In the western US a landmark deal to protect one of the country's most important waterways has finally been reached. The Colorado River serves more than 40 million Americans across multiple states, but it’s drying up at an alarming rate. Drought, overuse, and climate change are largely to blame. In the new deal, the lower basin states, Nevada, California and Arizona, will temporarily cut their water usage. In exchange, they’ll get over a billion dollars’ worth of federal grants. It’s a significant reduction, about 13% of their total demand. But experts are already warning that it’s not a long-term fix. Wyoming Governor Mark Gordon joins Bianna to discuss how his upper basin state should also see the benefits of the deal. Also on today's show: South Carolina Senate Republican Penry Gustafson; national security analyst and journalist Peter Bergen; Kahn Academy founder/CEO Sal Khan To learn more about how CNN protects listener privacy, visit cnn.com/privacy
The promise, opportunities and threats of AI
As we enter an uncharted era of artificial intelligence, Christiane takes a look at the risk of a creation turning on its creator. OpenAI, the company behind ChatGPT, is calling for an international regulator, much like the nuclear watchdog, to prevent a catastrophe endangering our existence. The real-world impact of this technology, which is still in its infancy, is already being felt. Like the fake AI image of an explosion at the Pentagon, which caused a selloff on the stock market this week. But it’s also driving scientific breakthroughs, like the paralyzed man who just took his first steps in a decade, thanks in part to AI technology. Alondra Nelson was acting director in the White House Office of Science and Technology Policy and the architect of the Biden administration’s Blueprint for an AI Bill of Rights. Christiane asked her about the threats, opportunities, and the global moves to regulate AI. Also on today's show: Actor Oscar Isaac and Prodcuer Jeremy O. Harris; Dr. Daniel Grossman, Director, Advancing New Standards in Reproductive Health, UCSF & Medical Sociologist Katrina Kimport To learn more about how CNN protects listener privacy, visit cnn.com/privacy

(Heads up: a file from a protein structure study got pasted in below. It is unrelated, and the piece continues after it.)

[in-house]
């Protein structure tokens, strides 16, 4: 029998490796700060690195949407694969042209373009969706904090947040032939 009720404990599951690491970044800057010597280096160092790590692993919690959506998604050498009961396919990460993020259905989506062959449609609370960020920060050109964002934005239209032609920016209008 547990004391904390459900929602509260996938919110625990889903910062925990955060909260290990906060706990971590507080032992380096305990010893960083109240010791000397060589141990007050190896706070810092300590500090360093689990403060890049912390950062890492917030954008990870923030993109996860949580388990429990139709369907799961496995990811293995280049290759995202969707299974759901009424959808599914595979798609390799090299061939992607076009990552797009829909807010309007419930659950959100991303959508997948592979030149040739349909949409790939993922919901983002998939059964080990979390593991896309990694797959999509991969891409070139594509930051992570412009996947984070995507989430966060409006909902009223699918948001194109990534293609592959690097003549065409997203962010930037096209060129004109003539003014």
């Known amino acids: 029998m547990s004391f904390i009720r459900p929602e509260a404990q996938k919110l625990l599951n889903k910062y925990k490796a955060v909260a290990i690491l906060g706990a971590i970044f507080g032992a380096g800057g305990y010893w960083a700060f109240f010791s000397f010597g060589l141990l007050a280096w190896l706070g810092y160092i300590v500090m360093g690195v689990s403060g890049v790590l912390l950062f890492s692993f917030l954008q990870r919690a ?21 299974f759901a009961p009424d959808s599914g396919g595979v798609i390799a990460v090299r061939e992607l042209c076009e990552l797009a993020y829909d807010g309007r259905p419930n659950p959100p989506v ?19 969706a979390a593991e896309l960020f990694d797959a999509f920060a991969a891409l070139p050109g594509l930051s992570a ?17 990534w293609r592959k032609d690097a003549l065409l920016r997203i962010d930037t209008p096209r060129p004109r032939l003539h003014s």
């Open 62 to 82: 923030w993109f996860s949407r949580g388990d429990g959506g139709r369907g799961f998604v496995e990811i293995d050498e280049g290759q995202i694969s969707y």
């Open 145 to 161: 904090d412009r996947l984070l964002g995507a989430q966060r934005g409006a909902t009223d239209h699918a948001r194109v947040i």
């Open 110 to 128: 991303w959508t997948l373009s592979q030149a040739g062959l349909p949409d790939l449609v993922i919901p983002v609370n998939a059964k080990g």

What to make of the Republican presidential hopefuls
The race for the Republican nomination for US president is expanding. Florida Governor Ron DeSantis is throwing his hat in the ring, as has long been expected. Donald Trump is still dominating the field and he’s already spent millions attacking DeSantis. Trey Grayson is a former Kentucky Republican Secretary of State and was also the head of Harvard’s Institute of Politics. He’s now a practicing attorney and tells Christiane what this field of presidential hopefuls tells us about the Republican Party and its priorities. Also on today's show: Reality Winner, former enlisted US Air Force member and NSA translator who made headlines in 2017 after being arrested on charges of leaking classified information to the media. Now, her story is told in the new HBO film Reality directed by Tina Satter. Reality is now on supervised release in Corpus Christi, Texas. She joins Christiane along with Tina to discuss the new film. To learn more about how CNN protects listener privacy, visit cnn.com/privacy
Exclusive: Greek Prime Minister Kyriakos Mitsotakis
Greece has come a long way since it stood on the brink of bankruptcy a decade ago. After years of painful austerity measures, tax hikes, pension cuts, and huge bailout checks, its post-pandemic economy is now outpacing the eurozone average. And despite a spying scandal, rising inflation and a tragic train crash that killed 57 people, Prime Minister Kyriakos Mitsotakis’ center-right party tapped into underlying optimism, especially among young voters, to win a convincing victory on Sunday. He joins Christiane for his first interview after his party’s election win. Also on today's show: Rachel Reeves, UK Labour Party’s Shadow Chancellor of Exchequer; Rich Lowry, Editor-In-Chief, National Review To learn more about how CNN protects listener privacy, visit cnn.com/privacy
The grinding battle for Bakhmut